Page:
Offense: 5.00 goals/game (season: 4.14, NHL rank: 1st)

Fifteen goals for the week. The Caps have not scored that many total goals in three consecutive games since they scored 16 over a three game stretch, October 30 – November 5, last season (a 7-2 win over Calgary, a 5-4 Gimmick win over Toronto, and a 5-3 win over Boston…we do not count trick shot goals in the total). OK, in two of the games the goal barrage came against backups – Detroit’s Ty Conklin and Florida’s Jacob Markstrom (making his first NHL start), but two of the games were played against a pair of the league’s best defensive corps, too – Philadelphia and Detroit.

Nine players shared in the fifteen goals, and six of them came from the third and fourth lines. Of the 18 skaters dressing for the week, all of them had at least one point except Karl Alzner. And it is worth noting as well that the leading point-getters for the week were Alex Ovechkin (2-3-5) and Nicklas Backstrom (1-4-5).

The Caps have been accused of lacking the “ruthless” gene, lacking the killer instinct to put a team away. This week, they showed what they were capable of. They scored eight of their 15 goals (including an empty-netter) in the third periods of the three games. Six of them came against those vaunted Flyer and Red Wing defenses.

Defense: 1.00 goals/game (season: 2.00, rank: T-5th)

Allowing three goals in three games is impressive any time. But given that two of the three opponents were top-five offenses made it all the more so (explain that away with the “backup goaltender” argument). And the three-in-three extended the streak to four-in-four (goals in games).

Here is another way to look at it. In 180 minutes of hockey this past week the Caps trailed for a grand total of 4:15, the time elapsed between Claude Giroux scoring the first goal of the game against the Flyers and Mathieu Perreault tying it up. The Caps did not relinquish any lead they took during the week. Odd fact…the Caps allowed three goals for the week; Brooks Laich was the only Cap on the ice for all of them.

If there is one area that bears watching, it is shots against. The Caps yielded 95 shots on the week, 75 in the last two games.

Goaltending: 1.00/.968

Tomas Vokoun had a spectacular week, given the opponents. The 3-0, 20-save shutout of his former team was business-like. His performance against the Flyers, when Philadelphia was ratcheting up the pressure to try to get back into a game in which they fell behind (11 shots faced in the first period, 14 in the second, and 17 in the third), kept the notoriously rabid Flyer crowd out of the game. His performance against the Red Wings, in which his stoning of Pavel Datsyuk’s deke attempt with the game still scoreless (ok, the puck might have hit teammate Dan Cleary’s skate) kept things even until the Caps could get their bearings. His save percentage for the week when the Caps were shorthanded was .929 (13 saves on 14 shots). His save percentage when the Caps are shorthanded (.931) is fourth among all goaltenders who have faced at least 100 shots so far this season.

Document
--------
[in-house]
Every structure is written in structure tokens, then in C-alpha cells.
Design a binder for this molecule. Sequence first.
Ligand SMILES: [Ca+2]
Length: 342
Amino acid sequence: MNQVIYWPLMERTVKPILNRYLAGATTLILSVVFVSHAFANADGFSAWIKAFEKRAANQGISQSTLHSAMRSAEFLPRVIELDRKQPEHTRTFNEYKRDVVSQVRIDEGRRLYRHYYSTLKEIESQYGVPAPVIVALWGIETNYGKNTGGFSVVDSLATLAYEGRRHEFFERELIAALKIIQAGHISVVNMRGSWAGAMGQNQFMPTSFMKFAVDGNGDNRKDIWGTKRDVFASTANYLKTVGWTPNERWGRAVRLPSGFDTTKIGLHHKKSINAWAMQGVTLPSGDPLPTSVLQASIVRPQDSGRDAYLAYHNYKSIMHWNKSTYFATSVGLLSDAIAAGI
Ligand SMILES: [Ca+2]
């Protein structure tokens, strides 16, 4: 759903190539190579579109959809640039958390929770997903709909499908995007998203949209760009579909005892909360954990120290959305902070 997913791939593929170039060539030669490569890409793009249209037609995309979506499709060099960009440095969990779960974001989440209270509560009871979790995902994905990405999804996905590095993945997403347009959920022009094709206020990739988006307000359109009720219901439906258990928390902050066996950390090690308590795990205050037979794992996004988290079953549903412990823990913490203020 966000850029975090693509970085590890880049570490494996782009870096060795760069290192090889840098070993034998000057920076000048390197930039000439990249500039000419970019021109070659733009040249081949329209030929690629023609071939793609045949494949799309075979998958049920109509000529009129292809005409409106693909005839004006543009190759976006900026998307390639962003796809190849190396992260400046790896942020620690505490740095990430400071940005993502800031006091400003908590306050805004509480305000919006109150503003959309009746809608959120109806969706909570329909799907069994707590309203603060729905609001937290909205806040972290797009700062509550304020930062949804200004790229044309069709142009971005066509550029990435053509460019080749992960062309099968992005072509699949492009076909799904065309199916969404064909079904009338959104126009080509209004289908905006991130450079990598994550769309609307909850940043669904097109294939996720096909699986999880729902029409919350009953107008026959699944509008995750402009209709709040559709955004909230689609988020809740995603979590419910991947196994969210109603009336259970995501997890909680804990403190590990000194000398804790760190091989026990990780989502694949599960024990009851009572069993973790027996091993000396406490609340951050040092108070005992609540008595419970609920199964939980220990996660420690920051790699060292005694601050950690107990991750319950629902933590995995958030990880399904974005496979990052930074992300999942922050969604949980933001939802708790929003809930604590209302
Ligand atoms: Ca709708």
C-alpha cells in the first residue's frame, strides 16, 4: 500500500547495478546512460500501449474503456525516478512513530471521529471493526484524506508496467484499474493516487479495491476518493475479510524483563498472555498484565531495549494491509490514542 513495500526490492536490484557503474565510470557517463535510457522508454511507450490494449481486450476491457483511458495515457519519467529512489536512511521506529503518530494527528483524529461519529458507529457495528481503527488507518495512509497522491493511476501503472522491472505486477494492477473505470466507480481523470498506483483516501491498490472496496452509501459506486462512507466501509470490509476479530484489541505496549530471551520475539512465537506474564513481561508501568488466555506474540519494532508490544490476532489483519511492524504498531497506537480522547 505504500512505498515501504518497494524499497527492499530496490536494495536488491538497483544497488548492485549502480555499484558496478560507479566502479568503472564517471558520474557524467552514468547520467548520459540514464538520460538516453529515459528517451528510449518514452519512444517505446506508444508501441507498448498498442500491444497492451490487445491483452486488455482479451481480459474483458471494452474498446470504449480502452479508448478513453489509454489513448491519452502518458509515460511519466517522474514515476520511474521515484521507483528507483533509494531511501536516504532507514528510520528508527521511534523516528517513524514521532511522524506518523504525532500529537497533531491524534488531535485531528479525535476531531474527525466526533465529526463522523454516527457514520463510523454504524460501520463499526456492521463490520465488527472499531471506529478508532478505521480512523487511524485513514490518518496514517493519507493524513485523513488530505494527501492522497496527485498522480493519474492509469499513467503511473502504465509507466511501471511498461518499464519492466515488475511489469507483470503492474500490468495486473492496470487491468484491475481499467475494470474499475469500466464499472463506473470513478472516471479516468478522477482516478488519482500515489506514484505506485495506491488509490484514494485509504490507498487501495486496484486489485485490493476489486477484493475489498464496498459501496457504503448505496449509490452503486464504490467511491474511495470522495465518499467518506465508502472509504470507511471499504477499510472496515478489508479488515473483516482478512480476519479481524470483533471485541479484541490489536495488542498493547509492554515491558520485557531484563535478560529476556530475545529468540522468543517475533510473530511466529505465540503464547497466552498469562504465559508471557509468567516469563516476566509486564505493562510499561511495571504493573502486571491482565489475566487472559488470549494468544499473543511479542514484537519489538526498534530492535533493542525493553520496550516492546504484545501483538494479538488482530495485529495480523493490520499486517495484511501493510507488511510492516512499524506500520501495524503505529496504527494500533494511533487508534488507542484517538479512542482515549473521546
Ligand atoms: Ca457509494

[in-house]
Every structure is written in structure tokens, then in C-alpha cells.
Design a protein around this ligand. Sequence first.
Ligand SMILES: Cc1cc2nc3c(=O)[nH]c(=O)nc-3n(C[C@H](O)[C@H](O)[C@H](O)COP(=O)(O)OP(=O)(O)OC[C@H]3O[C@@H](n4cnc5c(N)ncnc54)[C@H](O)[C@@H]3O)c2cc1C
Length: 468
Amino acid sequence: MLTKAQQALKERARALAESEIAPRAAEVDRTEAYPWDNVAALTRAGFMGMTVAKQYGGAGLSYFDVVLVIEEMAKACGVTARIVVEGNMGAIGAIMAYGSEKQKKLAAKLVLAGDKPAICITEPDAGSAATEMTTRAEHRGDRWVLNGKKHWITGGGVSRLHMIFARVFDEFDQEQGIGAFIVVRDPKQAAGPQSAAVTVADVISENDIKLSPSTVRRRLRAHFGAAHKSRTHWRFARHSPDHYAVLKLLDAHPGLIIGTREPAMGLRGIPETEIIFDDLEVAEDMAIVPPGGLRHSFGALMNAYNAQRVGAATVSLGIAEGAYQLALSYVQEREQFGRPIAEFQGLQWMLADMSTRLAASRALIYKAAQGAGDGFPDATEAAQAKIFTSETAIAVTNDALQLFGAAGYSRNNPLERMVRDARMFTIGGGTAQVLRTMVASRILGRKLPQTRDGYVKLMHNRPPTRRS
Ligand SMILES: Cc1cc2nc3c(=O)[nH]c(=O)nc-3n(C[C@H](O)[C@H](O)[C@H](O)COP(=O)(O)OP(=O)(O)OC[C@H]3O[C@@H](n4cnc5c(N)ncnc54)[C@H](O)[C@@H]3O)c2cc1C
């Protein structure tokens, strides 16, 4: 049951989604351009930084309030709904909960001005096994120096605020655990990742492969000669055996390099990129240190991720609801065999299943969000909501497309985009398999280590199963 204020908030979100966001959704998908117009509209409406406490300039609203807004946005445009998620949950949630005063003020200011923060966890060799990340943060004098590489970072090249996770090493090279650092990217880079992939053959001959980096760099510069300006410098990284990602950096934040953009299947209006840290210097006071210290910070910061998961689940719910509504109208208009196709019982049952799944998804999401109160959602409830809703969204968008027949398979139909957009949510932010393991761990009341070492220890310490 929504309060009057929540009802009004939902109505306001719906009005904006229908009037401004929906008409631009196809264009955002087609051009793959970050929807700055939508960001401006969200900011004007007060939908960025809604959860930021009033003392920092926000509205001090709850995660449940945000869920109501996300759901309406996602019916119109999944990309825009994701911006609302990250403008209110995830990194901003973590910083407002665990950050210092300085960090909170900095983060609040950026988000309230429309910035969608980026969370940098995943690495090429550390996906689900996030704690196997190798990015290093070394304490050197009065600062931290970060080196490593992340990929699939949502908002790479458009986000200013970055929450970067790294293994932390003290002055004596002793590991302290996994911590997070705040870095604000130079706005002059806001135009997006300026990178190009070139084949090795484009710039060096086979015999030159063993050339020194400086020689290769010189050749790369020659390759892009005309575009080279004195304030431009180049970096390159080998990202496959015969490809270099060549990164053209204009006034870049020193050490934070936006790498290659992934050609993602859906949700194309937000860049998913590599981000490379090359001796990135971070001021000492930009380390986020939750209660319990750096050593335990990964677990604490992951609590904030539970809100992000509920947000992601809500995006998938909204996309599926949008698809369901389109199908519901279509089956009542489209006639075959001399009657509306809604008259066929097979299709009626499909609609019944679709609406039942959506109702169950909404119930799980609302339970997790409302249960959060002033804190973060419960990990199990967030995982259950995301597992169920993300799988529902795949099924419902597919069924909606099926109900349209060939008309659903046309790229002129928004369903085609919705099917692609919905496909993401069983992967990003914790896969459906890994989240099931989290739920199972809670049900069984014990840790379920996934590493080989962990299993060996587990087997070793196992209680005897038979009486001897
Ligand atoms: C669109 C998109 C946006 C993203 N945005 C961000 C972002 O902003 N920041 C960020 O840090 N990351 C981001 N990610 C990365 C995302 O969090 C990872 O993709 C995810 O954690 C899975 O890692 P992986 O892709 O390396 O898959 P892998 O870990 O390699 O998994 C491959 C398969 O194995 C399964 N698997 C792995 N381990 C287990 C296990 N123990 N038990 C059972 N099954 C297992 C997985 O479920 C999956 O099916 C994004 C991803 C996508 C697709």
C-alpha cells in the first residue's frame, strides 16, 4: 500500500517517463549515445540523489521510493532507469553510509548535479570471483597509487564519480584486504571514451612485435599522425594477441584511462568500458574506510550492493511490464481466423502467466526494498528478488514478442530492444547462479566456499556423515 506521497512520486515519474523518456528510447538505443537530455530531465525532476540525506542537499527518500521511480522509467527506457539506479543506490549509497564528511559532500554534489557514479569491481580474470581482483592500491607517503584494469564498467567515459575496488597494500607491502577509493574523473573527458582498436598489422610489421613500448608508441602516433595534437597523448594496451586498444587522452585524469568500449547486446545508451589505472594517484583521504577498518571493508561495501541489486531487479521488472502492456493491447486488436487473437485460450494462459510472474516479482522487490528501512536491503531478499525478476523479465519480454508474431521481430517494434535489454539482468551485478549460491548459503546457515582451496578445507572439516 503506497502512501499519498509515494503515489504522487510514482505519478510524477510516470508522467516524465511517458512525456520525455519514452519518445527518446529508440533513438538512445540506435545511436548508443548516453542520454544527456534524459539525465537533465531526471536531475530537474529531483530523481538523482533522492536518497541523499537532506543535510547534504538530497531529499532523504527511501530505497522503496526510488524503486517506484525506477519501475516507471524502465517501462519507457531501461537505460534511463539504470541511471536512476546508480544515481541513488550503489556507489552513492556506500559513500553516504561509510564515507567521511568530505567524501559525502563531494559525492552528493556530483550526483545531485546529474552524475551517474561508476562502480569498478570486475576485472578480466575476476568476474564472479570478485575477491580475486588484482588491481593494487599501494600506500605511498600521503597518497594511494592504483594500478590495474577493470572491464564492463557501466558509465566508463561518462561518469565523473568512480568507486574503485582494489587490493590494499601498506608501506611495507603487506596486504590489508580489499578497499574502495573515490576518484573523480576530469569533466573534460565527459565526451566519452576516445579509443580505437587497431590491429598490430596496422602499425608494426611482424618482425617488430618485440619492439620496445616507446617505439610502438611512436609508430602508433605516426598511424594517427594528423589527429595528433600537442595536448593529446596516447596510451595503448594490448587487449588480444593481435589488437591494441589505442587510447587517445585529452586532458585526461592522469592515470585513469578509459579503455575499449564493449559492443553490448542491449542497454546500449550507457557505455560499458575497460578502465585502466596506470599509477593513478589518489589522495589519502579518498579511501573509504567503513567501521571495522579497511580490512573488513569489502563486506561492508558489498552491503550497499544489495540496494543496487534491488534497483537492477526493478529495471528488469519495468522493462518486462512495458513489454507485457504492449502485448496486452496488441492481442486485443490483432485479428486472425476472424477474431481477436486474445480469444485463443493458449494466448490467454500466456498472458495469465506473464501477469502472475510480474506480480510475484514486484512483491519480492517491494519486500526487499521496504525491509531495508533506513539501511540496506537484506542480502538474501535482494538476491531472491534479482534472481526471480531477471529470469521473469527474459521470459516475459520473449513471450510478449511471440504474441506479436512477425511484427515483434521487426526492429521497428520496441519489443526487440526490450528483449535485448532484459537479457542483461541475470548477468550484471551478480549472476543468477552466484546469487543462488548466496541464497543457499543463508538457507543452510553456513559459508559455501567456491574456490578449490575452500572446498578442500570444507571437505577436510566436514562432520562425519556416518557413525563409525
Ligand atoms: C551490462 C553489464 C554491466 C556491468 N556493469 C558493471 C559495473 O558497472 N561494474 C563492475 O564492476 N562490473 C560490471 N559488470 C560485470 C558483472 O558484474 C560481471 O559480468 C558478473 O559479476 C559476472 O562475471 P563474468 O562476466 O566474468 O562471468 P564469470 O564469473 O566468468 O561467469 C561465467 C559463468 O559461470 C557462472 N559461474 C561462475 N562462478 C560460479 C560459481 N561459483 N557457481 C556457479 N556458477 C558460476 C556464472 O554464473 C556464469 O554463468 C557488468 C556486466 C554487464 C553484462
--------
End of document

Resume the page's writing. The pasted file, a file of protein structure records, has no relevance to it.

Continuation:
Power Play: 4-for-11/36.4 percent (season: 29.6 percent; rank: 1st)

Three games played, three games with at least one power play goal. That makes five games in a row and six of seven with at least one power play goal. But perhaps more impressive is that the Caps netted four goals on eight power play shots on goal in exactly 15 minutes of total power play time for the week. Alex Ovechkin led the Caps in power play points with a 1-3-4 week. That’s a good sign. With five power play points for the season he is almost a quarter of the way to his total power play point total of last season (24) after only seven games. With Mike Green chipping in two goals and Nicklas Backstrom getting three assists, it was a good extra-man week for the Young Guns (although Alexander Semin did not get a point in 4:30 in power play ice time). It is worth noting as well that Dennis Wideman recorded a pair of assists to leave him at 1-3-4 in power play scoring for the season, adding another dimension to the power play from the blue line. That one power play goal – a game-winner – remains the only power play goal the Penguins have allowed this season in 33 shorthanded instances.